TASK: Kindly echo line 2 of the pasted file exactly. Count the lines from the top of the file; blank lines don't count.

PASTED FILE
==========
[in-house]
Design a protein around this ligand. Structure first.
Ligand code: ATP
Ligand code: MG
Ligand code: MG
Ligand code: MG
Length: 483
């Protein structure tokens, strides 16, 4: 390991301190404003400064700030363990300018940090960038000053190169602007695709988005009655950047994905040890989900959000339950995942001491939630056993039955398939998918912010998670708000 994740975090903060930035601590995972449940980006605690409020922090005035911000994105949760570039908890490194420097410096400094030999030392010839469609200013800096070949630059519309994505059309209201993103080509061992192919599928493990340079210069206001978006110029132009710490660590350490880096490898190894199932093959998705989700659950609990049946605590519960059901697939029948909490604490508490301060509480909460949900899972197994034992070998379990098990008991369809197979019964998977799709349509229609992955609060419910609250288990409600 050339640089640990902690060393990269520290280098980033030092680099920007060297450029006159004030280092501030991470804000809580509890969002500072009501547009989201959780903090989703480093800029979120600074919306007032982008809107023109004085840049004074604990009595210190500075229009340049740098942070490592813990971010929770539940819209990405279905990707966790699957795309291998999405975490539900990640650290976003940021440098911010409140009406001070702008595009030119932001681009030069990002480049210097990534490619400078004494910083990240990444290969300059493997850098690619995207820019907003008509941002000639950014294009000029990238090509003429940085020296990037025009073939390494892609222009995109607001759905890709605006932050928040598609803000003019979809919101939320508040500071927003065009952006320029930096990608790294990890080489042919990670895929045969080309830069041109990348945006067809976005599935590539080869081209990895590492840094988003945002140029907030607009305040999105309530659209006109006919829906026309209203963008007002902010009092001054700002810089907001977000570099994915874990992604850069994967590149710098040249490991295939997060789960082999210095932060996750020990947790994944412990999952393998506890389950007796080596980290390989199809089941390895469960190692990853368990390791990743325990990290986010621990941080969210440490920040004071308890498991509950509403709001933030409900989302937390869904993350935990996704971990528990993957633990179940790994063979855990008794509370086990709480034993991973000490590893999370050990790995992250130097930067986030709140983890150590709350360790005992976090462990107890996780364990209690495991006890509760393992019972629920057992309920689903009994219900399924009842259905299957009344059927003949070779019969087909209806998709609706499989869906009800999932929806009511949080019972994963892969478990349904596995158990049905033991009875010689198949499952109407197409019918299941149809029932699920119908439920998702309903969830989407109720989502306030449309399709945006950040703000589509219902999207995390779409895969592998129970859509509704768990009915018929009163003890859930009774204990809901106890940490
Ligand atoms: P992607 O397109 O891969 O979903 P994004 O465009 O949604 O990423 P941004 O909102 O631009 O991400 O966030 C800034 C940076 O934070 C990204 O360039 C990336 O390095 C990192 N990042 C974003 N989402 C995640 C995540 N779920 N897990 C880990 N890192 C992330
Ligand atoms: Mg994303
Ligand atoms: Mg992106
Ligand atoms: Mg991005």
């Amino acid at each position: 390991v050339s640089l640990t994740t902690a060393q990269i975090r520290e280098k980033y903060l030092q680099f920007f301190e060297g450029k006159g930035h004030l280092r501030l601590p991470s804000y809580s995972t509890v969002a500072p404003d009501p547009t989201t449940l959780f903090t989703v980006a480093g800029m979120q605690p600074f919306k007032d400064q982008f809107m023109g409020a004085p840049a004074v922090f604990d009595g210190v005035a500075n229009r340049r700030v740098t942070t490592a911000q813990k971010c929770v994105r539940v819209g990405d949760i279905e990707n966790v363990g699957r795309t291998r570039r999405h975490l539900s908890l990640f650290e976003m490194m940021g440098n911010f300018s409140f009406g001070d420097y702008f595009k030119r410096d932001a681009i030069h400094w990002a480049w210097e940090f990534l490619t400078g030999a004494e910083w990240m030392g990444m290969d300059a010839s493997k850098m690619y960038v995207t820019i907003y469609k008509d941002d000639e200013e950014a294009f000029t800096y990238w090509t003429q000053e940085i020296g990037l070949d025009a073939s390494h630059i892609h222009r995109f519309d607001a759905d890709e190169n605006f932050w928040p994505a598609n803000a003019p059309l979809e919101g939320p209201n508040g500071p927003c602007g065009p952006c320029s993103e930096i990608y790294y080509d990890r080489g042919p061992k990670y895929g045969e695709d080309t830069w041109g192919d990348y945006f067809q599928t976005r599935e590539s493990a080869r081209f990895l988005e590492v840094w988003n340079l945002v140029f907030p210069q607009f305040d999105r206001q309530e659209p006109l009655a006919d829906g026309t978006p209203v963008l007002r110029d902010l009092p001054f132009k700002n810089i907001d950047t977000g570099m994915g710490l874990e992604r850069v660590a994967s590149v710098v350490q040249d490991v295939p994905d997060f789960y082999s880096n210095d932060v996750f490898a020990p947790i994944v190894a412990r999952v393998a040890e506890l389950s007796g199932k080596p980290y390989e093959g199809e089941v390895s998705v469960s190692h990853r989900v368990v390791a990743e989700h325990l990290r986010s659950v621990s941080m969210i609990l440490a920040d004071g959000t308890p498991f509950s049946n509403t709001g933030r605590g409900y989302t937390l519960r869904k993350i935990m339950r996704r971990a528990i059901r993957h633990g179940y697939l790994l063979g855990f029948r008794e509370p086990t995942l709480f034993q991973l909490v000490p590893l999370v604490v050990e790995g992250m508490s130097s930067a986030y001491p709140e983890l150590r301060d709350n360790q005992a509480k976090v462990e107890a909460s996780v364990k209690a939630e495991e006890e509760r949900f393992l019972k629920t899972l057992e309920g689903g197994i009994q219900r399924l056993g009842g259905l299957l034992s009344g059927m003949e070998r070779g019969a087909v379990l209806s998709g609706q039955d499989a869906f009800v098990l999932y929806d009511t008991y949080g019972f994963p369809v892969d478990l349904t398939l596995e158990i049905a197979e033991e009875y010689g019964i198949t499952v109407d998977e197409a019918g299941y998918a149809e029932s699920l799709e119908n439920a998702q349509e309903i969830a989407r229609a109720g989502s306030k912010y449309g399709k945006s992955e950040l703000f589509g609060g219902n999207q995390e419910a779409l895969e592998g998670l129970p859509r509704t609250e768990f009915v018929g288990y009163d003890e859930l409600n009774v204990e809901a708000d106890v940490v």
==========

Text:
Design a protein around this ligand. Structure first.